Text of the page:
As the holiday season approaches we thought it was a good moment to update you on some grants we’re making to support education, technology and the fight against modern day slavery.

STEM and girls’ education
Science, technology, engineering and math (STEM) open up great opportunities for young people so we’ve decided to fund 16 great programs in this area. These include Boston-based Citizen Schools and Generating Genius in the U.K., both of which work to help to expand the horizons of underprivileged youngsters. In total, our grants will provide enhanced STEM education for more than 3 million students.

In addition, we’re supporting girls’ education in the developing world. By giving a girl an education, you not only improve her opportunities, but those of her whole family. The African Leadership Academy provides merit scholarships to promising young women across the continent, and the Afghan Institute of Learning offers literacy classes to women and girls in rural Afghanistan. Groups like these will use our funds to educate more than 10,000 girls in developing countries.

Empowerment through technology
We’ve all been wowed by the entrepreneurial spirit behind the 15 awards in this category, all of whom are using the web, open source programming and other technology platforms to connect communities and improve access to information. Vittana, for instance, helps lenders offer loans to students in the developing world who have have a 99 percent repayment rate—potentially doubling or tripling a recipient’s earning power. Code for America enables the web industry to share its skills with the public sector by developing projects that improve transparency and encourage civic engagement on a mass scale. And Switchboard is working with local mobile providers to help African health care workers create networks and communicate for free.

Fighting slavery and human trafficking
Modern day slavery is a multi-billion dollar industry that ruins the lives of around 27 million people. So we’re funding a number of groups that are working to tackle the problem. For instance, in India, International Justice Mission (IJM), along with The BBC World Service Trust, Action Aid and Aide et Action, are forming a new coalition. It will work on the ground with governments to stop slave labor by identifying the ring masters, documenting abuse, freeing individuals and providing them with therapy as well as job training. Our support will also help expand the reach of tools like the powerful Slavery Footprint calculator and Polaris Project’s National Trafficking Hotline.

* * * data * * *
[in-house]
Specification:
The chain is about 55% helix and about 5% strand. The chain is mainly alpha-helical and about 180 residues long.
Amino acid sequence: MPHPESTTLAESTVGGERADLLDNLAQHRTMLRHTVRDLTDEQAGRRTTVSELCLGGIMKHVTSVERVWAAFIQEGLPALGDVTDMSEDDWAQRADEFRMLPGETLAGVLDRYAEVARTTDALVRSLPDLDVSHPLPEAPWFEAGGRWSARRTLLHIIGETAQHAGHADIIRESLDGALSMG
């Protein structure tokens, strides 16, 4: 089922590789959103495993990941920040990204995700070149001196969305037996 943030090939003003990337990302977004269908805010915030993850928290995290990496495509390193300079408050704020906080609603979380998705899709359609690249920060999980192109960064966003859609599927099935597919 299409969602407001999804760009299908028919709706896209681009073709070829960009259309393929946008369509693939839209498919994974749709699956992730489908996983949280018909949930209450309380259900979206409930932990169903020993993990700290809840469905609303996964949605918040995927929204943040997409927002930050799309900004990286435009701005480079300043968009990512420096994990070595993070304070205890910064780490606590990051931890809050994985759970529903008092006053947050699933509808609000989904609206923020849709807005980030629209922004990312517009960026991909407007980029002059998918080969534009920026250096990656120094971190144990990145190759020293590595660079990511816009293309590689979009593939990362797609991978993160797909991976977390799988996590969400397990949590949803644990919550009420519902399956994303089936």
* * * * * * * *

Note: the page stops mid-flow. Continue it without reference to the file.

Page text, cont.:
To learn more about these organizations and how you can get involved, visit our Google Gives Back 2011 site and take a look at this video:

These grants, which total $40 million, are only part of our annual philanthropic efforts. Over the course of the year, Google provided more than $115 million in funding to various nonprofit organizations and academic institutions around the world; our in-kind support (programs like Google Grants and Google Apps for Education that offer free products and services to eligible organizations) came to more than $1 billion, and our annual company-wide GoogleServe event and related programs enabled individual Googlers to donate more than 40,000 hours of their own volunteer time.

As 2011 draws to a close, I’m inspired by this year’s grantees and look forward to seeing their world-changing work in 2012.

Posted by Shona Brown, SVP Google.org